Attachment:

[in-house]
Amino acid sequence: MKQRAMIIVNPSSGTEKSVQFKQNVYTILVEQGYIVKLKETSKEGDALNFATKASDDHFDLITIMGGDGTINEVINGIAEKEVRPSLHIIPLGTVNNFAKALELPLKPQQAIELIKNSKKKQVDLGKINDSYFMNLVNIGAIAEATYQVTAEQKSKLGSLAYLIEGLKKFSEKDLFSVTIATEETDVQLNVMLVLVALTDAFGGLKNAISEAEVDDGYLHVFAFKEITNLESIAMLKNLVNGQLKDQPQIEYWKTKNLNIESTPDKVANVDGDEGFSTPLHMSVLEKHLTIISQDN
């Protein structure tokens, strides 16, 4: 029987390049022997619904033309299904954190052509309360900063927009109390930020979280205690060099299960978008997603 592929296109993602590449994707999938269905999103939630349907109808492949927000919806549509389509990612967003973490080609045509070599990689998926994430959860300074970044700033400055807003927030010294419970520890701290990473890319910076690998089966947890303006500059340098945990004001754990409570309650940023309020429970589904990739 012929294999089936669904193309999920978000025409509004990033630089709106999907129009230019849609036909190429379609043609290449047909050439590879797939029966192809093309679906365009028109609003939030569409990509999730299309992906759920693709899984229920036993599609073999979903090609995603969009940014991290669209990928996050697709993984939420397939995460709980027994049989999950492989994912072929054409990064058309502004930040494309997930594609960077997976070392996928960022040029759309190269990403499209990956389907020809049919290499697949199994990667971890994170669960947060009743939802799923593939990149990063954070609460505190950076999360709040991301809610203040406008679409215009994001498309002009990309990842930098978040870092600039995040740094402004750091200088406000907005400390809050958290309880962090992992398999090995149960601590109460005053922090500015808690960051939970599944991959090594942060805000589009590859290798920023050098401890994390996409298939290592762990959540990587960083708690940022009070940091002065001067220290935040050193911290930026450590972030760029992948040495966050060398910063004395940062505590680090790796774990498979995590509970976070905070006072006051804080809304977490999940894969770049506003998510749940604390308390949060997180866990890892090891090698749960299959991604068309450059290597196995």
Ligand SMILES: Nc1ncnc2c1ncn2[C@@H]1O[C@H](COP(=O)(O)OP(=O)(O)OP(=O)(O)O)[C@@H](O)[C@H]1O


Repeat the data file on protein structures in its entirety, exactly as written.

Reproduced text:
[in-house]
Amino acid sequence: MKQRAMIIVNPSSGTEKSVQFKQNVYTILVEQGYIVKLKETSKEGDALNFATKASDDHFDLITIMGGDGTINEVINGIAEKEVRPSLHIIPLGTVNNFAKALELPLKPQQAIELIKNSKKKQVDLGKINDSYFMNLVNIGAIAEATYQVTAEQKSKLGSLAYLIEGLKKFSEKDLFSVTIATEETDVQLNVMLVLVALTDAFGGLKNAISEAEVDDGYLHVFAFKEITNLESIAMLKNLVNGQLKDQPQIEYWKTKNLNIESTPDKVANVDGDEGFSTPLHMSVLEKHLTIISQDN
């Protein structure tokens, strides 16, 4: 029987390049022997619904033309299904954190052509309360900063927009109390930020979280205690060099299960978008997603 592929296109993602590449994707999938269905999103939630349907109808492949927000919806549509389509990612967003973490080609045509070599990689998926994430959860300074970044700033400055807003927030010294419970520890701290990473890319910076690998089966947890303006500059340098945990004001754990409570309650940023309020429970589904990739 012929294999089936669904193309999920978000025409509004990033630089709106999907129009230019849609036909190429379609043609290449047909050439590879797939029966192809093309679906365009028109609003939030569409990509999730299309992906759920693709899984229920036993599609073999979903090609995603969009940014991290669209990928996050697709993984939420397939995460709980027994049989999950492989994912072929054409990064058309502004930040494309997930594609960077997976070392996928960022040029759309190269990403499209990956389907020809049919290499697949199994990667971890994170669960947060009743939802799923593939990149990063954070609460505190950076999360709040991301809610203040406008679409215009994001498309002009990309990842930098978040870092600039995040740094402004750091200088406000907005400390809050958290309880962090992992398999090995149960601590109460005053922090500015808690960051939970599944991959090594942060805000589009590859290798920023050098401890994390996409298939290592762990959540990587960083708690940022009070940091002065001067220290935040050193911290930026450590972030760029992948040495966050060398910063004395940062505590680090790796774990498979995590509970976070905070006072006051804080809304977490999940894969770049506003998510749940604390308390949060997180866990890892090891090698749960299959991604068309450059290597196995």
Ligand SMILES: Nc1ncnc2c1ncn2[C@@H]1O[C@H](COP(=O)(O)OP(=O)(O)OP(=O)(O)O)[C@@H](O)[C@H]1O